Target Audience:This reporting period consisted of data analysis and preparation of publications and curriculum materials. The target audience was not involved in activity during this period. Changes/Problems: Nothing Reported What opportunities for training and professional development has the project provided?Over the past six years, NSFS has provided 29 undergraduate students with human subjects (IRB- social and behavioral studies) certification training and field research, teaching and extension experience. The course developed through NSFS, International and Community Nutrition, has been integrated into the UC Davis graduate nutrition curriculum as an annually scheduled course offering through a collaboration between the Nutrition Graduate Group and the Chicana/o Studies department at UC Davis. This course provides approximately 8-10 graduate students annually with the knowledge and skills to plan and implement public health and nutrition projects that highlight the intersection of social determinants of health within a community empowerment framework. The first undergraduate student supervisor graduated in 2013 and is entering his final year of medical school at UCLA - Charles Drew School of Medicine. A significant outcome from NSFS' education goal has been the graduation of five doctoral degree recipients in the past two years with their PhD in nutrition (1), agricultural and resource economics (1), nursing science (1) and education (2 ). NSFS post-doctoral fellow, Dr. Rosa Manzo, graduated in 2014 with her PhD in education and has taught the Program in International and Community Nutrition (PICN) course over the past two years with oversight from the Chicana/o Studies Instructor of Record, Associate Professor Natalia Deep-Sosa. Dr. Manzo is from the community of San Joaquin (control) and is the first member of her family to graduate from college. Dr. Manzo co-facilitated the community engagement program in Golden Plains Unified School District with UC Davis Co-investigator Yvette Flores. Dr. Flores and Dr. Manzo developed and implemented a parent engagement and empowerment curriculum for mono-lingual Spanish-speaking parents to learn how to support their children's academic success. Participation in community engagement forums developed community / parental trust with the research group and led to the community's ongoing participation over the past five years in semi-annual data collection activity needed for the comparison study. The CE program led to the procurement of a two-year grant from the Fresno Regional Foundation (FRF), which Dr. Manzo co-authored with the Center for Transnational Health's Director of External Grants. The purpose of the FRF grant was to establish a parent literacy program that would build the capacity of parents in the control community to support their children's educational pathway. Through a train-the-trainer model, the parent literacy program has sustained its activity beyond the two-year grant, with volunteer parent facilitators leading the program for other parents after the grant ended. The second education doctoral student, Dr. Rosa Gomez-Camacho, graduated in 2015 with her PhD in education and a master's degree in economics. Dr. Gomez-Camacho is currently Associate Director of Institutional Research and Analysis at Florida Gulf Coast University and continues to provide data analysis services for NSFS via a sub-award / consulting agreement. Dr. Lisa Martinez, who received her PhD in nursing in 2014, is completing her certification as a nurse practitioner. Her dissertation research conducted through the NSFS study focused on investigating the correlation of healthy nutrition and physical activity practices among elementary school children to academic performance. Dr. Albert Aguilera completed his doctoral degree in nutrition in December 2015 and is completing a tertiary study in the NSFS intervention community on impact of the intervention on carotenoid levels in comparison with participant levels in the control community. Three additional graduate students completed their master's degrees in nutrition (2) and nursing science (1). Michele Byrnes, who graduated with a MS in nutrition, is now employed as a nutrition cooperative extension specialist with CalFresh in the State office; the other nutrition master's degree recipient, Mayra Munoz Gomez, is in the doctoral program in nutrition at UC Davis. Christy Solorio, who graduated with a MS in nursing in 2012, is a lecturer on clinical placement advising at California State University Sacramento School of Nursing. Current doctoral student in epidemiology, Erik Tseregounis, recently passed his qualifying exam and continues to work with NSFS on statistical analysis as a Graduate Student Researcher while completing his dissertation. Araceli Gonzalez entered the UC Davis doctoral program in education in fall 2014 after working with NSFS as a representative of the community-based organization Proteus, Inc., which provides promotoras (project liaisons) from the local communities to assist in participant recruitment and data collection for the NSFS project in the participating communities. Ms. Gonzalez is preparing for her qualifying exam. As a Graduate Student Researcher, Ms. Gonzalez has coordinated the community engagement activity for the NSFS project in the control communities during the past two years and is now embarking on her dissertation research in the control community of San Joaquin. Ms. Gonzalez's research examines the impact of parent engagement on first-generation Mexican-American student academic performance in elementary school. Ms. Gonzalez is a first-generation naturalized citizen of the US from Mexico. She has received a full fellowship from the Mexican government to support her work on NSFS and completion of her dissertation research. A number of Proteus promotoras have also been trained and certified under the UC Davis IRB as recruiters, consenters and data collectors. The IRB training and certification will enable these local community members to gain future higher-paying employment on studies conducted in the region through UC and CSU research programs. Another important professional development outcome from the employment of community members for the project is the recent acceptance of the NSFS Firebaugh site coordinator, Maria Rangel, into UC Berkeley School of Public Health's Masters in Public Health (MPH) program. Also the first in her family to complete an undergraduate degree, Ms. Rangel received her BS in microbiology from UCLA in 2010 before joining the NSFS team as site coordinator for the Firebaugh field office in Spring 2011. Principal investigators from NSFS mentored Ms. Rangel through the process of identifying and applying to graduate programs in public health. In addition to being accepted at UC Berkeley, Ms. Rangel was admitted to Johns Hopkins School of Public Health's MPH program. The accomplishments of UC Davis graduate students and undergraduates in the NSFS project highlighted in this report are critical markers of the project's success in generating a new generation of culturally competent research, teaching and extension professionals. However, the return of two community members to graduate programs in public health and education as a result of their exposure to the project reflects the ability of NIFA-funded programs to build local capacity for creating sustainable change to community infrastructure. A spreadsheet detailing a list of undergraduates who have been trained in research and data collection through NSFS has been submitted to the program officer. How have the results been disseminated to communities of interest?During the final year the two main vehicles for disseminating results to our community partners have been through quarterly community advisory council meetings (one per quarter in each of the treatment and control communities of Firebaugh and San Joaquin) and the quarterly newsletter that was published in English and in Spanish and tailored to each community. At the final community advisory council meetings in May 2016, we presented the prototype binders of the nutrition education curriculum for parent education programs. These binders included curriculum summaries, lesson plans, recipes, and other resources. The final products are currently under review through the UC Cooperative Extension peer review process. This review will enable the products developed through this NIFA-funded project to be made available nationally through USDA and throughout California through the state cooperative extension network. Periodic updates between quarterly meetings and newsletter publications were sent via email to community and district leadership in English and Spanish from the Firebaugh site coordinator. Parents involved in the parent nutrition education program prepared refreshments for each meeting using recipes for healthy snacks they had developed with the nutrition educator. The final community advisory council meetings included a slide presentation of study results to-date, delivered in English and Spanish. Results were presented in language appropriate to the literacy level of the community participants. The cooperative extension and research team attended each meeting, and project leaders in economics, nutrition, physical activity, medical measurement and community engagement reported on their team's activity and findings. Each presentation was followed by a community discussion that included soliciting feedback for development of a continuation grant application. The project team then presented certificates of recognition to community members whose leadership contributed to the success of the project and to all community volunteers. Each recipient also received a framed poster developed as part of the community art project that depicted the theme of community empowerment promoting a healthy lifestyle and the linkages between health literacy and community prosperity. Follow-up meetings in each community have continued these discussions for the purpose of planning additional collaborative work. The remaining nine months of the project term focused on analysis of final results for development of peer-reviewed publications and follow-up presentations at town-hall-style meetings in the participant communities. What do you plan to do during the next reporting period to accomplish the goals? Nothing Reported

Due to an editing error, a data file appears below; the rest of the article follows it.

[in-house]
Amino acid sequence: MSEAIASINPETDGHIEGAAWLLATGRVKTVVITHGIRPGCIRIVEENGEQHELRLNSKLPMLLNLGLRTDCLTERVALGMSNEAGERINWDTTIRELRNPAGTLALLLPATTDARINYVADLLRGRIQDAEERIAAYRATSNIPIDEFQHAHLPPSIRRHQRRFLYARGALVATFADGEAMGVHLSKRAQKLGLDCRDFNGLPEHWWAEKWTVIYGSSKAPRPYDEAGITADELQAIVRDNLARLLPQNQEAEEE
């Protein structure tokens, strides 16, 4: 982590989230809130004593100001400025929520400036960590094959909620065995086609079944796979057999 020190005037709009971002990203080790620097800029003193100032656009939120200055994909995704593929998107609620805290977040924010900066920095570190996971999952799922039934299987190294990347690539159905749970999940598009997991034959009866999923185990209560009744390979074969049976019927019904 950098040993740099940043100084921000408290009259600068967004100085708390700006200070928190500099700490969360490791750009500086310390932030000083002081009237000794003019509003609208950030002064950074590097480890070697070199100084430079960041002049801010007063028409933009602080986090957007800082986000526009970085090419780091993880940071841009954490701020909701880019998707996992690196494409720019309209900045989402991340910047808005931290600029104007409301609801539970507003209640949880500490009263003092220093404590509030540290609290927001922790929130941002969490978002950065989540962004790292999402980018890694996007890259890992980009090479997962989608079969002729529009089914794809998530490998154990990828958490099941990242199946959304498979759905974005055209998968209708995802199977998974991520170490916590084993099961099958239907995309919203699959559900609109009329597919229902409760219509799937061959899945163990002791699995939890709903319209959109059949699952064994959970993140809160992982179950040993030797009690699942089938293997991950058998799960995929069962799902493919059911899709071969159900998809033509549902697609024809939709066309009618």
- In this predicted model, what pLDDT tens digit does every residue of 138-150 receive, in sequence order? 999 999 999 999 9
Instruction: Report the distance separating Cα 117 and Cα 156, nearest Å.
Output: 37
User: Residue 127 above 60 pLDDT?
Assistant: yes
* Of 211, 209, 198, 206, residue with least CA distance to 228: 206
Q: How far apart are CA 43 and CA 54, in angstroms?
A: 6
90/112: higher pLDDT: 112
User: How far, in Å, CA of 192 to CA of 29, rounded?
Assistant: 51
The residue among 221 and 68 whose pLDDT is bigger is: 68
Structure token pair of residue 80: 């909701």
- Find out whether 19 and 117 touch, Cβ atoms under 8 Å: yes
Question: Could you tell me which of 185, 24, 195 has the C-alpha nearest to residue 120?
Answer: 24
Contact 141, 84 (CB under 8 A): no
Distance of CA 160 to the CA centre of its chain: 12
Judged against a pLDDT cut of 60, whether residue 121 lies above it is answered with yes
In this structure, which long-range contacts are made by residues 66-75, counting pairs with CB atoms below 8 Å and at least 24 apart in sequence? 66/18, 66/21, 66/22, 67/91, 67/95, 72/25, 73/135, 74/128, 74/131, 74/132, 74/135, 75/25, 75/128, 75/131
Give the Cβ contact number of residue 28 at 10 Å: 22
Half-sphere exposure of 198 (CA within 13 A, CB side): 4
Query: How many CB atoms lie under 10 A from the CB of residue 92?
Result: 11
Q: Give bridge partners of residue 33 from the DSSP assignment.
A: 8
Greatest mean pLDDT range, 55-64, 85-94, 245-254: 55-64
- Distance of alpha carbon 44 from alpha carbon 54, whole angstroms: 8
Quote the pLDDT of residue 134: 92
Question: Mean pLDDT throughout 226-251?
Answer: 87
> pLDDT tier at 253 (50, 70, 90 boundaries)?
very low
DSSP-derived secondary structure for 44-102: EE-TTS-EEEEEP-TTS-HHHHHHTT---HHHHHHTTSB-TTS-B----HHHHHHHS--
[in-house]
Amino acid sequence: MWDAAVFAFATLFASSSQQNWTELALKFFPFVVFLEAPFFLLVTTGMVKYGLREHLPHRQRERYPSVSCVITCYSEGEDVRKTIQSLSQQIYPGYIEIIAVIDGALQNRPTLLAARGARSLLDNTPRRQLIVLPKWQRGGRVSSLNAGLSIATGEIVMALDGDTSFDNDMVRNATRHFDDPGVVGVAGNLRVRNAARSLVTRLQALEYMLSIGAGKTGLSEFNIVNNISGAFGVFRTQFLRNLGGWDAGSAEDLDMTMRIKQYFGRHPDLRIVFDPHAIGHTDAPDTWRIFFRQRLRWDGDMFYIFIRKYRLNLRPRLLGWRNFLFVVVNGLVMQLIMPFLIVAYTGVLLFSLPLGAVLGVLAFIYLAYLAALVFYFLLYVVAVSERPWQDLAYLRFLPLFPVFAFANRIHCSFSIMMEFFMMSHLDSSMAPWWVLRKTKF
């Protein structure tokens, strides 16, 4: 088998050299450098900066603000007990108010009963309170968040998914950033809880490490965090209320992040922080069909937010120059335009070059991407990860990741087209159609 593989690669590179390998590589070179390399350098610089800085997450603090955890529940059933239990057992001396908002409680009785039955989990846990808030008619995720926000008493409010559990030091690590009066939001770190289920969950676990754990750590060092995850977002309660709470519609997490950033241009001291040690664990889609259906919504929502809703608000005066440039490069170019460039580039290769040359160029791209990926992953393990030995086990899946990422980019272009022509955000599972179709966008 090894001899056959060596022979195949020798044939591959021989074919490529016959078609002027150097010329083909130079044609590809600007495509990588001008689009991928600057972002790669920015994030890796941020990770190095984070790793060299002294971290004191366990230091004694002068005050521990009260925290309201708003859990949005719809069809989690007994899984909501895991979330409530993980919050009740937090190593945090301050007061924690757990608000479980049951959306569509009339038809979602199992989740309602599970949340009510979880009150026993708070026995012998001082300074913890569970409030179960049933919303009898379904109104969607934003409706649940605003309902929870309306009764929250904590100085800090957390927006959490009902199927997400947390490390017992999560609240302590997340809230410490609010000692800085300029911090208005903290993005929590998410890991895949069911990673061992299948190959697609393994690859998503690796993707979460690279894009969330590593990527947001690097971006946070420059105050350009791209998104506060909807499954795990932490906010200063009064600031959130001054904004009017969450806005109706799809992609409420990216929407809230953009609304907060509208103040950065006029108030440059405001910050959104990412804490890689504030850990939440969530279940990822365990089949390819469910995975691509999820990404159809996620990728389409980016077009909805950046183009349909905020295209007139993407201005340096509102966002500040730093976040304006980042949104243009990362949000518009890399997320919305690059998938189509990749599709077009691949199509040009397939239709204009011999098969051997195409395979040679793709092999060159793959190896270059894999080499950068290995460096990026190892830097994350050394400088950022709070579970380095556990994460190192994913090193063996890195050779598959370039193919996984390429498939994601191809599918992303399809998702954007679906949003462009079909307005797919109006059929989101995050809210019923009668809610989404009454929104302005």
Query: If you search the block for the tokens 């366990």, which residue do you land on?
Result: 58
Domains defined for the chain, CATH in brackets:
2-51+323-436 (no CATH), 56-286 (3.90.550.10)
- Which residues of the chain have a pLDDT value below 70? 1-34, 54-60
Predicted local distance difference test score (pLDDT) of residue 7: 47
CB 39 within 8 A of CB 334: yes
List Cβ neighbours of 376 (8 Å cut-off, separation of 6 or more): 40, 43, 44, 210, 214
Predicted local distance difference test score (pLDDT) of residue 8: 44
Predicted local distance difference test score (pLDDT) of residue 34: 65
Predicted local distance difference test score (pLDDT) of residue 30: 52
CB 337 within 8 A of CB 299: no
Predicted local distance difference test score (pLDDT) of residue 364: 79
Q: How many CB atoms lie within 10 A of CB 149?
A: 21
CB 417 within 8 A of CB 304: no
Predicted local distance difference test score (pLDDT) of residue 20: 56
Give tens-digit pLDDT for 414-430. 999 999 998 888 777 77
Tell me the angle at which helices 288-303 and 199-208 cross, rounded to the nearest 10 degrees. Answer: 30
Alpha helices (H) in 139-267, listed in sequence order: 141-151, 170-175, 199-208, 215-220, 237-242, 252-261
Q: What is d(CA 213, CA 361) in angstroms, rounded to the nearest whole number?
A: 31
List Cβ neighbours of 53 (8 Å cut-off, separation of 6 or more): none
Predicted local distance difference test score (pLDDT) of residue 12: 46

Impacts